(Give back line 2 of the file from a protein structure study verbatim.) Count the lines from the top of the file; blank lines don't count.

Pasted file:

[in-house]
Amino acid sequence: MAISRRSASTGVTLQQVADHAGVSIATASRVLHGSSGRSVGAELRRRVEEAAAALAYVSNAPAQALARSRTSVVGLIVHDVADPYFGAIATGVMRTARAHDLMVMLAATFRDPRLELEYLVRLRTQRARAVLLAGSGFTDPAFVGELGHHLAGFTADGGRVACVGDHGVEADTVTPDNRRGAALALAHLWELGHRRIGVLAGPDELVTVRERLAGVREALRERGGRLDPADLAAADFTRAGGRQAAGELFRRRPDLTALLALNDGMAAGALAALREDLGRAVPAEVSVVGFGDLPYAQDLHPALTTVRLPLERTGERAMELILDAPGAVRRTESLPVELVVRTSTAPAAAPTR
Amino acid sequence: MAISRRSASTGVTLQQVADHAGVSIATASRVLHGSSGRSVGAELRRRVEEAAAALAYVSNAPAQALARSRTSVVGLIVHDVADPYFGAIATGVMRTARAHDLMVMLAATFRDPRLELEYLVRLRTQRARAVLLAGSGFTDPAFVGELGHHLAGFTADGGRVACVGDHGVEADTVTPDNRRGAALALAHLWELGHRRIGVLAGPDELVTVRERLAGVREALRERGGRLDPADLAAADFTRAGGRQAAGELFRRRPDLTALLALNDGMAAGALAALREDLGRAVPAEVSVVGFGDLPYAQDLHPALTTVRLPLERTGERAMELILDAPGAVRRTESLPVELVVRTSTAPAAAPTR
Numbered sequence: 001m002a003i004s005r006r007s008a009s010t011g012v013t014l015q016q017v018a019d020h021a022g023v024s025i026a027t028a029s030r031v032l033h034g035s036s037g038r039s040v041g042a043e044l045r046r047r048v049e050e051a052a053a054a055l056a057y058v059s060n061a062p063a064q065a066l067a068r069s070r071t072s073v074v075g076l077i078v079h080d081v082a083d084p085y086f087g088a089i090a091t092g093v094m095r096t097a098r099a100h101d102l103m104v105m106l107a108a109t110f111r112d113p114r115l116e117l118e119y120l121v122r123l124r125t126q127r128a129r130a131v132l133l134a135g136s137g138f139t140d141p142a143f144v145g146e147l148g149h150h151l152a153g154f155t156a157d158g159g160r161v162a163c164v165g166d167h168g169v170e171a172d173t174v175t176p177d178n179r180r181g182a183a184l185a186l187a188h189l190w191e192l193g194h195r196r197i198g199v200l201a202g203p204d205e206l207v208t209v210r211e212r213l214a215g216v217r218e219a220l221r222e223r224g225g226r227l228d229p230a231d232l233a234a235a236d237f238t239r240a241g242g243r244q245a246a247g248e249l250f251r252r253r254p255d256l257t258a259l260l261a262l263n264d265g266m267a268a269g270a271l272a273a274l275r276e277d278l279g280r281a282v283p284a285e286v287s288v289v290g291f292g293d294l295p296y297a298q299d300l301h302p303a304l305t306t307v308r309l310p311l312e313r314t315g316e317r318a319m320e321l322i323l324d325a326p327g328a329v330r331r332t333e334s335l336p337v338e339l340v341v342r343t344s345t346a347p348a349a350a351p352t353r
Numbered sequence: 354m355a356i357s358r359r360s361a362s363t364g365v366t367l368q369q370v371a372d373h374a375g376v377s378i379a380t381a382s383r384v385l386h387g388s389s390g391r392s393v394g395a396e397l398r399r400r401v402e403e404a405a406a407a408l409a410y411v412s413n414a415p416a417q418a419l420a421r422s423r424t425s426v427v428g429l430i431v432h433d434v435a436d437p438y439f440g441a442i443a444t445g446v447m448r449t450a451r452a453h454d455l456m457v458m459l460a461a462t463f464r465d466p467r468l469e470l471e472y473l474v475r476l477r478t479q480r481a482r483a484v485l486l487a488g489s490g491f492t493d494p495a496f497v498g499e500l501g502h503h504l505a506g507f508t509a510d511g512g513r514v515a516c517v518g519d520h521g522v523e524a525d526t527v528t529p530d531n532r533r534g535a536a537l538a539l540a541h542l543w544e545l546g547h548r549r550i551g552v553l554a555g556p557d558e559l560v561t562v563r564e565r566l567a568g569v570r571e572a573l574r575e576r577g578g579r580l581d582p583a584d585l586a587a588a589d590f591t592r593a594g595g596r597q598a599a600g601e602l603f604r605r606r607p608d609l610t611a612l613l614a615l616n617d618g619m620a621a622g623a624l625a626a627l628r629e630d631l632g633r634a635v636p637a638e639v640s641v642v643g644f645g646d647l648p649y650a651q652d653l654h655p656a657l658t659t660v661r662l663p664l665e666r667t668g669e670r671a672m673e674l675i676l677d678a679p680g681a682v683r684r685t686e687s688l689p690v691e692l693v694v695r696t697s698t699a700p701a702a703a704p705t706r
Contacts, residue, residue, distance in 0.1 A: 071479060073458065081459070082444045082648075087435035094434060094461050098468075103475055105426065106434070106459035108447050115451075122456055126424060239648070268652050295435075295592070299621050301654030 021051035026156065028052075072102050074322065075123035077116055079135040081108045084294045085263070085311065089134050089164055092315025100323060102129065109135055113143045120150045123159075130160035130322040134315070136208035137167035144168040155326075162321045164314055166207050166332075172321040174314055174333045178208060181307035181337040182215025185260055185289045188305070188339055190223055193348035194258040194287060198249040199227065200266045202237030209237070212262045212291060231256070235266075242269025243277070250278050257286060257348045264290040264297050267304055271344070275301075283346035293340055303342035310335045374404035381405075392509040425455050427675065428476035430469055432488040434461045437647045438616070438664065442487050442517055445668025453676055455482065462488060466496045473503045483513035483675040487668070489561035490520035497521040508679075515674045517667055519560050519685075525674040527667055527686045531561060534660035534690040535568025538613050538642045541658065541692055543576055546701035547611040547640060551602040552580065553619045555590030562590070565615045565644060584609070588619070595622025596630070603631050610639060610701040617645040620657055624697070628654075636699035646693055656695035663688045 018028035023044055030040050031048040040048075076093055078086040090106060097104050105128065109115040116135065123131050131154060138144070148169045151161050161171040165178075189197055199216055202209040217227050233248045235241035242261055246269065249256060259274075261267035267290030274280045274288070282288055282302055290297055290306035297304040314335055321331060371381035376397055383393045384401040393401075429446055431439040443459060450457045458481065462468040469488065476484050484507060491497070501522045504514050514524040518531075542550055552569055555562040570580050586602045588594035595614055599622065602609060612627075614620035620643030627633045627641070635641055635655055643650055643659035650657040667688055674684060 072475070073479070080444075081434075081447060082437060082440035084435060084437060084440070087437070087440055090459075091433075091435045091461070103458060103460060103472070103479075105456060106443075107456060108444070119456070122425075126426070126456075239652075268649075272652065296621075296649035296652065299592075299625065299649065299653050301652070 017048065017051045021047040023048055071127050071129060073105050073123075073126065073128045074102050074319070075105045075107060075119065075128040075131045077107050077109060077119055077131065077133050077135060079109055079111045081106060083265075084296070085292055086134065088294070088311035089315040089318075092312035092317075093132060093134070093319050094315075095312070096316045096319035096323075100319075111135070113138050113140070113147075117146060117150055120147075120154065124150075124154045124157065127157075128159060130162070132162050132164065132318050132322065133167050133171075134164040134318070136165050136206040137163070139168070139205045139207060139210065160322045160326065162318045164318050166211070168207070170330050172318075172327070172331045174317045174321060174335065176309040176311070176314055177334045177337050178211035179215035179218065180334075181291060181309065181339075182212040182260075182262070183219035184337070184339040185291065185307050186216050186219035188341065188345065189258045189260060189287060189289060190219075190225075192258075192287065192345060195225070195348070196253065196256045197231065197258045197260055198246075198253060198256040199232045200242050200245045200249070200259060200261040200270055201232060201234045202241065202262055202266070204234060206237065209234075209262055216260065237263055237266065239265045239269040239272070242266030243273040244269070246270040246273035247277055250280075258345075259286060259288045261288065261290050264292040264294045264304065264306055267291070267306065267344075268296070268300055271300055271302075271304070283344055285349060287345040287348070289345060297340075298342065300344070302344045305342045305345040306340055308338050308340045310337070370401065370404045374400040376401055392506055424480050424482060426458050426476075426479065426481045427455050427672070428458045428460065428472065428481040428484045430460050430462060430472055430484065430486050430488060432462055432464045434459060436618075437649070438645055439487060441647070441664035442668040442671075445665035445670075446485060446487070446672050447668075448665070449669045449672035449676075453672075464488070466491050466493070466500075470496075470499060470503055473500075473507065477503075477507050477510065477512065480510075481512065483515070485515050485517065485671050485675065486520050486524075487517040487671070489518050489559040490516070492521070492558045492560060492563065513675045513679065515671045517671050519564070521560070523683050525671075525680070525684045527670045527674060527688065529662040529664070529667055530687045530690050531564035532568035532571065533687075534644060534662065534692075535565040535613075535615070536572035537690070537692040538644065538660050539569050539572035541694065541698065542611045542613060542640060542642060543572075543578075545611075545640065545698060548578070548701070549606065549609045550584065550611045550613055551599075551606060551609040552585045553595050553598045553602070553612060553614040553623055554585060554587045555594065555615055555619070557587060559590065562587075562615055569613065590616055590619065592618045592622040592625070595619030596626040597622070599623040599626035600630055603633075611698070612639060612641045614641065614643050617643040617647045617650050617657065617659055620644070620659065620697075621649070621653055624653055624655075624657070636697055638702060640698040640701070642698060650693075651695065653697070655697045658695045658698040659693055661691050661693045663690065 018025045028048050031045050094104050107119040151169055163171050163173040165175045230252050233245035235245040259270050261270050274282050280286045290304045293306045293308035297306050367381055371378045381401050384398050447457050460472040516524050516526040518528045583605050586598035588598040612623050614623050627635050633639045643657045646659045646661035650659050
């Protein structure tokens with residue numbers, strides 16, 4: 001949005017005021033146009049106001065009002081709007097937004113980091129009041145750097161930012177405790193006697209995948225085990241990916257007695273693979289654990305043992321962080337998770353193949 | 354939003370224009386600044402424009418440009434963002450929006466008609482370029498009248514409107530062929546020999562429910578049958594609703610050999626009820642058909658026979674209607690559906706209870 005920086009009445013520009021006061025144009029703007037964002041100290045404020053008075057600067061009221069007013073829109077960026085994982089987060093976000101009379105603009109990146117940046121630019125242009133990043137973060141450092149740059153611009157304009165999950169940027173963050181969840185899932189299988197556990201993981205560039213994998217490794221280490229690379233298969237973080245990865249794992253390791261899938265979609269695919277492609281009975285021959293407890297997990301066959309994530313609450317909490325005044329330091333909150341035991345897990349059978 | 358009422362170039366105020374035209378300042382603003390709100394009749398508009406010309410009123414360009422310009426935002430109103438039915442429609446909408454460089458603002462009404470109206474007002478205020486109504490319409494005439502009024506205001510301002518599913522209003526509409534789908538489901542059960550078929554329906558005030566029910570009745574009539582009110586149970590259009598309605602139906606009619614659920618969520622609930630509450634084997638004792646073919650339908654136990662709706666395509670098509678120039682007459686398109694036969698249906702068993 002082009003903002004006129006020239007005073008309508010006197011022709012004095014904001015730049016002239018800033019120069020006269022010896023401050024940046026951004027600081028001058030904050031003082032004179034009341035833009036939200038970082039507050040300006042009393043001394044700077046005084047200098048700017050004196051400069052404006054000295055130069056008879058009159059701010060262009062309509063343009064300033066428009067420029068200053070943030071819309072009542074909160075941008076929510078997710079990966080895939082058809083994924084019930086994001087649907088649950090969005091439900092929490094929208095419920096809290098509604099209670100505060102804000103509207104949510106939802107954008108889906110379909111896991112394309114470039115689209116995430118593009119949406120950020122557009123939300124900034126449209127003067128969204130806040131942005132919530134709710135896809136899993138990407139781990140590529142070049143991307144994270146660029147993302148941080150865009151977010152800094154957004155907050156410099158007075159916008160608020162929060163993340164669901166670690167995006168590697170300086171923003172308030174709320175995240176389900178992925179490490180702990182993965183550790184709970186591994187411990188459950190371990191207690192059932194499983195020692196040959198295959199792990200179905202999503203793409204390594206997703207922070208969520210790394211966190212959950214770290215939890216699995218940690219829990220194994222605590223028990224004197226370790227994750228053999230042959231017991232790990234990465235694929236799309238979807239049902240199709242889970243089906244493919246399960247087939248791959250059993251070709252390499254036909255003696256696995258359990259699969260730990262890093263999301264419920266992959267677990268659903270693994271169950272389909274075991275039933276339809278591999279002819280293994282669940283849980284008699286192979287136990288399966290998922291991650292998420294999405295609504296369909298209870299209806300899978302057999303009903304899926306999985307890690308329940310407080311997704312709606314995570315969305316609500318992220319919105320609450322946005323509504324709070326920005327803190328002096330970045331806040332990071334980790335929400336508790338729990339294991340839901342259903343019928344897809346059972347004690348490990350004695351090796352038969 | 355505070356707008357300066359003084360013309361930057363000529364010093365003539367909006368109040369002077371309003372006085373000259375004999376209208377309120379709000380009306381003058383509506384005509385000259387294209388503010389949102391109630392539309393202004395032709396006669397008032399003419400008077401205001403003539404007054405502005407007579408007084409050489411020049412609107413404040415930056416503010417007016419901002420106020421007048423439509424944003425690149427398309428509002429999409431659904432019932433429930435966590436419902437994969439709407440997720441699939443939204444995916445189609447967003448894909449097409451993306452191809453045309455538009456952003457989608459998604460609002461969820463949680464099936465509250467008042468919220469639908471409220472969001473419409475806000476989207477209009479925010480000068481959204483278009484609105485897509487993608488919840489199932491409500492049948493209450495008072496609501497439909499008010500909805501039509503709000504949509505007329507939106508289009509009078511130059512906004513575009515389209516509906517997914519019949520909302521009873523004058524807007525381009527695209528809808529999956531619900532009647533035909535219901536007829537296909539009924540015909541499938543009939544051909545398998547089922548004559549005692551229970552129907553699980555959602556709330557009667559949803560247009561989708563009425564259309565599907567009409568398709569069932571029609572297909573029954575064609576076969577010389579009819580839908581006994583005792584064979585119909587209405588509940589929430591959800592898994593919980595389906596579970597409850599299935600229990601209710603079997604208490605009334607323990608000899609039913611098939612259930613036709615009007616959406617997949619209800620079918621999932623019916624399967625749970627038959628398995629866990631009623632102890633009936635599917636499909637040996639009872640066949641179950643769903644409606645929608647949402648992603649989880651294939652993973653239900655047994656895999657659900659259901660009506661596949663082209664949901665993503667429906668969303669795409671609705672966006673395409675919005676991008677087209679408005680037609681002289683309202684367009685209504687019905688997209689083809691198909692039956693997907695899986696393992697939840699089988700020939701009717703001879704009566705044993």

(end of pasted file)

Amino acid sequence: MAISRRSASTGVTLQQVADHAGVSIATASRVLHGSSGRSVGAELRRRVEEAAAALAYVSNAPAQALARSRTSVVGLIVHDVADPYFGAIATGVMRTARAHDLMVMLAATFRDPRLELEYLVRLRTQRARAVLLAGSGFTDPAFVGELGHHLAGFTADGGRVACVGDHGVEADTVTPDNRRGAALALAHLWELGHRRIGVLAGPDELVTVRERLAGVREALRERGGRLDPADLAAADFTRAGGRQAAGELFRRRPDLTALLALNDGMAAGALAALREDLGRAVPAEVSVVGFGDLPYAQDLHPALTTVRLPLERTGERAMELILDAPGAVRRTESLPVELVVRTSTAPAAAPTR